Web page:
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the likely walkaway will be about a billion dollars or so paid out by elon musk and both parties will go their different ways and as -- neil: i know i'm belaboring your point, but it could be a lot more than that right? it could have a breakup fee called for due diligence and he didn't do due diligence, but there is possibility the pox is on him and could be significantly more than a billion? >> i mean that is always a possibility. i'm just looking at how this typically would play out where you got both parties looking to get over this and move on, get back to building more businesses, more competition and at the end of the day this is the free market working which is absolutely what we want to see as conservatives, as people who are in favor of free business and we actually just released a poll moments ago, overall americans trust private industry more than the government. 72% of republicans in fact. that is what we're seeing here.
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we're trusting the private sector to solve this question. we're not going to turn to the government. may turn to the courts but not the government. neil: in the end someone might scoop up twitter if it isn't elon musk but, you know, the animals have left the barn. you can arc, i didn't like all the animals in the barn because they're all liberal but you left the barn, pick up a shell of a company and i wonder how that folds out? >> i think we've seen a lot of changes since the announcement by elon musk of this exact issue. alex per ren send had a lifetime ban on twitter but he has been reinstated. twitter is doing introspective analysis what can we do get more on track, better at the content moderation policies because of the actions of elon musk? that will be driven by any further perspective buyer. they will look at it, what are the people demanding? are they demanding something open like elon musk is proposing orbit more closed off, what
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we've sometimes seen on other services. the wonderful thing that twitter is doing introspective analysis whether coincidentally or because of elon musk and they are going to begin moving forward in a way that makes them more valuable to shareholders and more potential buyers. neil: we'll watch it closely. carl szabo, thank you very much. both twitter and tesla down markedly. this legal brouhaha only now begins. it could go on for sometime. meantime shareholders and employees at twitter are running away. we'll see how long that lasts. meantime how long the slip-sliding away of gas prices last. 27th potential day where oil prices are declines as well. all of this ahead of the president's trip to saudi arabia where he is at least laying the groundwork for asking the saudis to do more on this front, after this. ♪.
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first psoriasis, then psoriatic arthritis. even walking was tough. i had to do something. i started cosentyx®. cosentyx can help you move, look, and feel better... by treating the multiple symptoms of psoriatic arthritis. don't use if you're allergic to cosentyx. before starting...get checked for tuberculosis. an increased risk of infections some serious... and the lowered ability to fight them may occur. tell your doctor about an infection or symptoms... or if you've had a vaccine or plan to. tell your doctor if your crohn's disease symptoms... develop or worsen. serious allergic reactions may occur. watch me. neil: all right. this is the fallout from the higher interest rate environment we see. mortgage demand has been ebbing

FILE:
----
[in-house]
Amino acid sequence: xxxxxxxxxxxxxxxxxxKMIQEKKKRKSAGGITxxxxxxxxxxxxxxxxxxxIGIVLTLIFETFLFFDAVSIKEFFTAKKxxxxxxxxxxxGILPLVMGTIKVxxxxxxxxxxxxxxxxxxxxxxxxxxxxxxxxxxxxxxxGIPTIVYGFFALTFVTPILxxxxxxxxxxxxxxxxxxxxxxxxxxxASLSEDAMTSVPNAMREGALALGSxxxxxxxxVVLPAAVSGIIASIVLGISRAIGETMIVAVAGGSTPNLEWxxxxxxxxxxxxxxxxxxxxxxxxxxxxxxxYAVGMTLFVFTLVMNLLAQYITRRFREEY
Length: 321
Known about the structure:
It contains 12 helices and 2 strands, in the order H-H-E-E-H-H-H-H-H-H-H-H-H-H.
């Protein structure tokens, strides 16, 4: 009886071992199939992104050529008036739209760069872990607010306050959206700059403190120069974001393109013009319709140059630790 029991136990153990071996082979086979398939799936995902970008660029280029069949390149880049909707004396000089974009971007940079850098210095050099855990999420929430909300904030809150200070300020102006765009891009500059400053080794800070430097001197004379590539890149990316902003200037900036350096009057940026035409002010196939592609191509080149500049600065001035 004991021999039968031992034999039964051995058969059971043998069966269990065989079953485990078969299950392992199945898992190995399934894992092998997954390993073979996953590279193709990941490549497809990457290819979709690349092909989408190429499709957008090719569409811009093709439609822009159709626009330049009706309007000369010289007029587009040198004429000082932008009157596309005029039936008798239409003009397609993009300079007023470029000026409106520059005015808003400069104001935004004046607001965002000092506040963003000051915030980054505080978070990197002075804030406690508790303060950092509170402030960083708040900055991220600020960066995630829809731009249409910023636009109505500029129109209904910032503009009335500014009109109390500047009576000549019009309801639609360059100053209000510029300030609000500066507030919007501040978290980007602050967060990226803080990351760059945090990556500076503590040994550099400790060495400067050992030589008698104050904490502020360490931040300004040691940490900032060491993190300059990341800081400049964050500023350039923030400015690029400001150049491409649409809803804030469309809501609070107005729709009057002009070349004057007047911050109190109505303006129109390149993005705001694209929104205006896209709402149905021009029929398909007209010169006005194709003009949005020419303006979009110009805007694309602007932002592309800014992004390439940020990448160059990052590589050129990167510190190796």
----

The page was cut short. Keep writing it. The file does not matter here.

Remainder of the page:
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a little bit in the latest. permits, a sign of future construction ebbed a little bit. now home sale cancellations jumped in june as a lot of buyers simply backed away from their deals. 60,000 such deals essentially fell through. they represented at the time about 15% of all home sales that have entered contract. again that could be a precursor of things to come. we wanted to pass that along, the number of canceled deals, potential buyers themselves, opting out of those contracts. we'll keep an eye on that. also keeping an eye on the president's upcoming trips abroad to israel and certainly to saudi arabia that latter one is the one closely scrutinized because the president of course has been a frequent critic of the crown prince and more to the point saudi arabia in general. gillian turn hears a lot more on all of that out of washington. gillian? reporter: good afternoon to you, neil. ahead of the president's middle east tour some democrats on capitol hill are joining
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ranks with republicans say that leader of the free world shouldn't visit with saudi arabia and definitely shouldn't meet with the crown prince there. he is notorious sending hit squads to foreign countries to execute his own citizens. take a listen to this. >> i don't think this is a good idea. we are essentially supplementing human rights with the president going forward with this visit. reporter: president biden voiced in a op-ed published this weekend, human rights, i know many disagree with my decision. my views on human rights are clear and longstanding and fundamental freedoms are on the agenda as i travel abroad as they will be during this trip. this comment is in stark contrast with his own justification for the trip just a few weeks ago. take a listen. president biden: happens to be a meeting taking place in saudi arabia. that is the reason i'm going. it has to do with national security for them, for israelis. i'm not going to meet with mbs. i'm going to an international